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The citizen. (Berea, Ky.) 1899-1958, October 13, 1921, Image 8

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October , mi
Berea College
Hov.s who have saed their earnings for a year to go to school are refused admission for lack of room. Girls whose only hope for special
! training is Berea are refused admission for lack of room.
Berea and Kducation in a Democracy
A northern woman of unusual ability write that she la ready'
for college, but has not the' eight hundred or thousand dollars to
carry her thru the Freshman year. All orer the country are
throngs of young people who, because of the high cost of thj
higher education, are hut out from its advantages.
The guiding star of President Frost's long- administration was
his fixed determination to place an education within the reach of
the poor boy. For a period of twenty-five years the price of
board was not raised. In the interest of his ideal, the cannery
was introduced, and the farm, dairy and garden developed. Dur
ing the past year 2,584 students passed thru the ha'.ls of Berea.
Not one paid a cent in tuition. The board cost less than $2.75
a week, a little more than eleven cents a meal. A student may
reside in Berea for nine months and receive excellent educational
advantages at a cost of $150.00. By laboring ten hours a week,
he may earn $50.00 of this sum. If he chooses to work half a
day and study half a day, the College provides "student aid" to
meet the essential expenses which he has not been able to cover by
his labor.
A unique feature of the School is the group of self-boarding
cottages. Under the care of a skilful teacher girls from the
neighboring hills may live and cook in their own rooms. Pro.
visions come to them from home. ThVis, at a nominal cost, theso
girls have a chance at an education otherwise denied them. Dr.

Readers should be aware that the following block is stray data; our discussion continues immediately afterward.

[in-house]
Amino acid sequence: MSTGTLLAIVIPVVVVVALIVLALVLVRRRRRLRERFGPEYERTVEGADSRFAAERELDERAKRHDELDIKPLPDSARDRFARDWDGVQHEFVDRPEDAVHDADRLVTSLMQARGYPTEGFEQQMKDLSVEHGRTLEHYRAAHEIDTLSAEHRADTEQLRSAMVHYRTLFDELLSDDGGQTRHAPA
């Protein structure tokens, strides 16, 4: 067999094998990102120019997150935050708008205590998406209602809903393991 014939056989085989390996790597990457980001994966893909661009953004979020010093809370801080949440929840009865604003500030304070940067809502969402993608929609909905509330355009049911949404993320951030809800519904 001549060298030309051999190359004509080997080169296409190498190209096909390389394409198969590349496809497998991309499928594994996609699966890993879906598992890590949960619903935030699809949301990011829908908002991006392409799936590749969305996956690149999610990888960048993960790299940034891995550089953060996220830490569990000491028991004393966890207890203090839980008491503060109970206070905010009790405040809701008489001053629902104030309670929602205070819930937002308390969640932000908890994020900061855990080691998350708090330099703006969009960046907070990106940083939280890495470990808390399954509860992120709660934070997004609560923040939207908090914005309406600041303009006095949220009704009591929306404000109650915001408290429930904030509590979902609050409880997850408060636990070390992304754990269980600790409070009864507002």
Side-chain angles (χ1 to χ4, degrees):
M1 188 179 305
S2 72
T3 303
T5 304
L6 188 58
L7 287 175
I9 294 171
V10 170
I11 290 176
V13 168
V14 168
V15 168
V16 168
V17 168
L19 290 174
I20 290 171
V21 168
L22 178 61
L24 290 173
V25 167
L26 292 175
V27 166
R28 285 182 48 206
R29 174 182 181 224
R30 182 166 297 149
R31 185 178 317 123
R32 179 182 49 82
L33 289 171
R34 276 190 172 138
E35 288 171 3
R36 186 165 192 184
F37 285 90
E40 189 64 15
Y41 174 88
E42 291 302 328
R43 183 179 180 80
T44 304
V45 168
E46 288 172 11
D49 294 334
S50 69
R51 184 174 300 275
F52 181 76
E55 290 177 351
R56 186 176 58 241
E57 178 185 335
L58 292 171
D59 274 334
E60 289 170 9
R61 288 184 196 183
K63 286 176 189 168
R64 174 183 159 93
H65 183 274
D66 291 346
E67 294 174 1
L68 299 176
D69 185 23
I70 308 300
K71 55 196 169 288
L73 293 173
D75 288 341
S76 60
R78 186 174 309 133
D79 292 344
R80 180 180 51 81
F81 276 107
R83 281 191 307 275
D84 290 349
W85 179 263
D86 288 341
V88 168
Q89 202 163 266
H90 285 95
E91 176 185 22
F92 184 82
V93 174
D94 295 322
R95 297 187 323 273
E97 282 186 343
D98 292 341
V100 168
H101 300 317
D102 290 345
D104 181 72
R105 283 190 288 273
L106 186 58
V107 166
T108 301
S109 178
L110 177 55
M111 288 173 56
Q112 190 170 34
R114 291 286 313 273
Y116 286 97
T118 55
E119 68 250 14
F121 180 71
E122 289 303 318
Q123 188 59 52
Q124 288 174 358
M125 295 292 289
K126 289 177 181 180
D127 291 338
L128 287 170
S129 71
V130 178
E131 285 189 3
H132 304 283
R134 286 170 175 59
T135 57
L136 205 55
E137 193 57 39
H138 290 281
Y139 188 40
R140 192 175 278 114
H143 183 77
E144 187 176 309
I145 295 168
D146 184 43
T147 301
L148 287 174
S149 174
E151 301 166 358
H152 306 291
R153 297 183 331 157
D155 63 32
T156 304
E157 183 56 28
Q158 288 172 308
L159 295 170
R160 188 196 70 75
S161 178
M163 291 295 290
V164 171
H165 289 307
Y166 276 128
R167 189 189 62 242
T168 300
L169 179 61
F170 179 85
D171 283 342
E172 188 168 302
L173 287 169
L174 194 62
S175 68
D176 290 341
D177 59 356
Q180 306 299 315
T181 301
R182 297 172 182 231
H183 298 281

Andrews of Teachers' College says of Berea that it is ''an insti
tution that stretches dollars farther than probably any other in
the country."
Approximately 20 per cent of the student body earn all of
their way during the school year, another 20 per cent use summer
earnings during the year for school expenses, thus making a total
of 40 per cent who are entirely self-supporting. Of the remain
tic. 67 per cent are partially self-supporting.
If America were a benevolent despotism, the education of her
people might not be a matter of prime social concern. But edu
cation is the sole hope of a democracy. Berea comes to the peo
ple of Kentucky, not as a suppliant, with hat in hand, but as a
-partner in the task of educating Kentucky's children for democ
racy. Kentucky and Berea
Berea has a special claim upon the men and women of Ken
tucky. During the past year 1,801 of her students were from
Kentucky counties. These students ranged n age from fifteen to
thirty-five years. Some of the oldest, voters for many years, were
studying their ABC's. Some of the youngest were earning their
AJ3. degrees.
Of the 487 Normal students, approximately 90 per cent will
soon be teaching in the mountain counties of the State. In a re
cent mountain county teachers' institute, fifty teachers were pres